Susan Estrich: So Now What?

So now what?

Now we wait.

Anyone who tells you they know the last scene, how it will play out, is just lying. Or guessing. All we can do is review possibilities.

It’s possible, I would say likely, that Hillary will win comfortably in Pennsylvania, and if she does, say this is the springboard for Inidiana and North Carolina, and put up a major fight in those two states, at the same time keeping an eye on Puerto Rico, and leading the still undecided superdelegates to remain,largely, still undecided.

Of course, it’s also possible that Hillary could lose Pennsylvania, in which case the obituary writers will start drafting, support could soften in Indiana, and absent a miracle two weeks later, it will look and feel like a very long movie is finally about to end.

Then again, it is also possible that if Hillary wins Pennsylvania, she could jump up in Indiana and North Carolina, and if she can beat Obama in North Carolina, which I doubt, which is why it would be so signigificant, he’d be left in deep trouble, and she could then make the dramatic move of offering him the number two slot on the ticket, and doing the O Henry ending.

And of course, it’s also possible that Hillary wins Pennsylvania, that she and Obama split Indiana and North Carolina, and that I’m writing another column that looks a lot like this one, that looks a lot like ones I’ve been writing for months, in two weeks from now.

The real question, at least for those of us who are not on the payroll or members of the immediate family of either Hillary Clinton or Barack Obama, is whether any or all of these scenarios is going to doom whoever does win to becoming the next Mondale/Dukakis/Gore/Kerry of recent Democratic history, which is to say, to losing.

The good news, at least from the perspective of Pollyanna Estrich here, is that for all the scrambling and sloppiness of recent days, I think the candidates, both of them,are in the end getting stronger, tougher, better prepared to deal with what the fall election will look like.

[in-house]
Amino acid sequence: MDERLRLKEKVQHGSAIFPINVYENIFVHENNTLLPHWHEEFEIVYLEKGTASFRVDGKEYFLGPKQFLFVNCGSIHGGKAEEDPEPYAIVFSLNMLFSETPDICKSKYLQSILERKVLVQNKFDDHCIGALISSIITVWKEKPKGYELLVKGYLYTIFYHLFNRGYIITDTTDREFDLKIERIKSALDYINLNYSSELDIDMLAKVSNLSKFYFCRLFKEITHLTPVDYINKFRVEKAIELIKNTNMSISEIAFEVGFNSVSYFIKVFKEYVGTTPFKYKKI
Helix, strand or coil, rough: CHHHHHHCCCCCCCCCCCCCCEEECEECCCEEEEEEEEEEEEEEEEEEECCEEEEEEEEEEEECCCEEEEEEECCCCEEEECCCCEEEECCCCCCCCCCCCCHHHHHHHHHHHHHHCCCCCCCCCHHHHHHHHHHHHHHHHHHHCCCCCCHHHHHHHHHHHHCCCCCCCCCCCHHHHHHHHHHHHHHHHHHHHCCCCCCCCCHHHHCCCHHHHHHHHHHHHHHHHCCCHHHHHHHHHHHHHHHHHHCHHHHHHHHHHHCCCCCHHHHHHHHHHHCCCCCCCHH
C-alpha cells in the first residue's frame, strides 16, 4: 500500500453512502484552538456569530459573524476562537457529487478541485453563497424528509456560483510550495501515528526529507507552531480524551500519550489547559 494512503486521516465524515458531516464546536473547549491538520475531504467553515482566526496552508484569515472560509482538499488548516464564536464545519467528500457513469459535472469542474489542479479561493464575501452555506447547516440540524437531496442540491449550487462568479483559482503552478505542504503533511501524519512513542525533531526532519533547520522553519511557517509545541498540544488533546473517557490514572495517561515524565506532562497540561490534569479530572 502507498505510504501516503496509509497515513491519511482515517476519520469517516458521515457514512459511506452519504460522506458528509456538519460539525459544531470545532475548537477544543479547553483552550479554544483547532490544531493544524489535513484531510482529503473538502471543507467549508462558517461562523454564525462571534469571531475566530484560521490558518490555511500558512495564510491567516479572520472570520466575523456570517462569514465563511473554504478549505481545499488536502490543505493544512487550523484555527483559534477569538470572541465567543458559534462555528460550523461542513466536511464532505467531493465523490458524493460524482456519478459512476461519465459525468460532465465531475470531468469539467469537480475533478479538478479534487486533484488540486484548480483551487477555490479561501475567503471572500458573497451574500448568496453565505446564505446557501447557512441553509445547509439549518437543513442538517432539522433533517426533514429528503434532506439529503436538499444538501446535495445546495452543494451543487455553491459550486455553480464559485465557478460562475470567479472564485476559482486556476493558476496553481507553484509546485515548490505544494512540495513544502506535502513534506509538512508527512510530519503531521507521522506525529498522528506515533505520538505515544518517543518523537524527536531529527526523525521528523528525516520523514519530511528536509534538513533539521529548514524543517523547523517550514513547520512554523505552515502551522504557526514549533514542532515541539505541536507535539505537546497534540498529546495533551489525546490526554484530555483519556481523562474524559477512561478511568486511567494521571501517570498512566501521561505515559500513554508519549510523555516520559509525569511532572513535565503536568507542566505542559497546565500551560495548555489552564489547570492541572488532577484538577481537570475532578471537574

You think Charlie Gibson and George Stephanopoulos are tough? You ain’t seen nothing yet. You think the Clintons play hardball?

Welcome to the way the Republican National Committee plays.

Remember not just the Swift Boat ads, but the one with the blonde playgirl used to tank Harold Ford, that came straight from official Republican headquarters. You think the Republicans are going to treat Jeremiah Wright (the pastor) or William Ayers (the Weatherman) or the presidential pardons of Bill Clinton, as old news? Think again.

Of course McCain is taking a bump up in the polls, while Clinton and Obama take it on the chin. But no one’s attacking him right now, while the two of them are getting tarred every day.

Just wait.

The important thing, or things, are that whatever is out there is coming out, and both candidates are getting easier and stronger and more secure about dealing with it. I remember, back in 1988, Al Gore attacked Michael Dukakis exactly once about Willie Horton (the murderer who got out on furlough, remember him?) during the primary campaign. Then Gore backed down, reportedly afraid that people would think he was racist, and the argument of many of us inside the campaign and out (Bill Clinton included) that Dukakis needed to deal with the Horton/crime issue preemptively fell on deaf ears. It simply wasn’t a problem, not until it was a disaster.

It’s too bad, in a way, that John Kerry was able to win the Democratic nomination so easily last time, without any of his competitors in fact taking him on about his war record and then his post-war criticisms of American troops. It might have caused him to think twice before beginning his acceptance speech at the Democratic convention with the ill-fated line, “Lieutenant John Kerry, reporting for duty.” Indeed.

What I am hearing, from voters if not from some of the staffers surrounding the campaigns, is that the enemy, as it were, the target, the real opponent, is John McCain. In a series of radio interviews I listened to after the Pennsylvania debate this week, the common theme of the women who gave their views was that they would be happy to support either Democrat over John McCain. That is the ball Democrats need to keep their eyes on.

Is the process pleasant? No. Is it messy? Yes. Is it long, painful, sometimes excruciating and frustrating. Yes. It is also, as Marty Kaplan once wrote in a speech for Mike Dukakis, the “music of freedom.” Let it play on. It will be over soon enough, and then it will be time to applaud and move on.

Susan Estrich is the Robert Kingsley Professor of Law and Political Science at the University of Southern California. She was Professor of Law at Harvard Law School and the first woman President of the Harvard Law Review. She is a columnist for Creators Syndicate and has written for USA Today and the Los Angeles Times.

Estrich's books include the just published "Soulless," "The Case for Hillary Clinton," "How to Get Into Law School," "Sex & Power," "Real Rape," "Getting Away with Murder: How Politics Is Destroying the Criminal Justice System" and "Making the Case for Yourself: A Diet Book for Smart Women."

She served as campaign manager for Michael Dukakis' presidential bid, becoming the first woman to head a U.S. presidential campaign. Estrich appears regularly on the FOX News Channel, in addition to writing the "Blue Streak" column for